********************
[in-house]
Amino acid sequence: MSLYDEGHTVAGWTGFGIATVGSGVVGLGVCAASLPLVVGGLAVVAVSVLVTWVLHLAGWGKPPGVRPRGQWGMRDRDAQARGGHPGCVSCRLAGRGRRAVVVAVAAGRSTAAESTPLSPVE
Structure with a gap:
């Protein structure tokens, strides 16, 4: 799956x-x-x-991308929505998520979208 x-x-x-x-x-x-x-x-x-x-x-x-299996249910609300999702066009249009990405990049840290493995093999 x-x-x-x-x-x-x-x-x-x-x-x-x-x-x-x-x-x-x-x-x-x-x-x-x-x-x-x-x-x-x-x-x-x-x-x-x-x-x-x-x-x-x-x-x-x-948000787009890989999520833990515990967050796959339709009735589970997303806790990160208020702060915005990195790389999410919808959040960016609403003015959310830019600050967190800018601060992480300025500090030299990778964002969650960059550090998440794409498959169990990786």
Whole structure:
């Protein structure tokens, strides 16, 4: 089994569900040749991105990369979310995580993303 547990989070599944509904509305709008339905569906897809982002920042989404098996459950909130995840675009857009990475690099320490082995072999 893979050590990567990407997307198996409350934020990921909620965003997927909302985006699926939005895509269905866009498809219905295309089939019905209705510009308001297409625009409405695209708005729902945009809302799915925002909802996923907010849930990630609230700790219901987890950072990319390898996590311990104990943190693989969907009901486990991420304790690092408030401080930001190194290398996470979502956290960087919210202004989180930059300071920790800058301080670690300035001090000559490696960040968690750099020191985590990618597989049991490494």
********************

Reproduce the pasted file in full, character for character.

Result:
[in-house]
Amino acid sequence: MSLYDEGHTVAGWTGFGIATVGSGVVGLGVCAASLPLVVGGLAVVAVSVLVTWVLHLAGWGKPPGVRPRGQWGMRDRDAQARGGHPGCVSCRLAGRGRRAVVVAVAAGRSTAAESTPLSPVE
Structure with a gap:
């Protein structure tokens, strides 16, 4: 799956x-x-x-991308929505998520979208 x-x-x-x-x-x-x-x-x-x-x-x-299996249910609300999702066009249009990405990049840290493995093999 x-x-x-x-x-x-x-x-x-x-x-x-x-x-x-x-x-x-x-x-x-x-x-x-x-x-x-x-x-x-x-x-x-x-x-x-x-x-x-x-x-x-x-x-x-x-948000787009890989999520833990515990967050796959339709009735589970997303806790990160208020702060915005990195790389999410919808959040960016609403003015959310830019600050967190800018601060992480300025500090030299990778964002969650960059550090998440794409498959169990990786």
Whole structure:
């Protein structure tokens, strides 16, 4: 089994569900040749991105990369979310995580993303 547990989070599944509904509305709008339905569906897809982002920042989404098996459950909130995840675009857009990475690099320490082995072999 893979050590990567990407997307198996409350934020990921909620965003997927909302985006699926939005895509269905866009498809219905295309089939019905209705510009308001297409625009409405695209708005729902945009809302799915925002909802996923907010849930990630609230700790219901987890950072990319390898996590311990104990943190693989969907009901486990991420304790690092408030401080930001190194290398996470979502956290960087919210202004989180930059300071920790800058301080670690300035001090000559490696960040968690750099020191985590990618597989049991490494």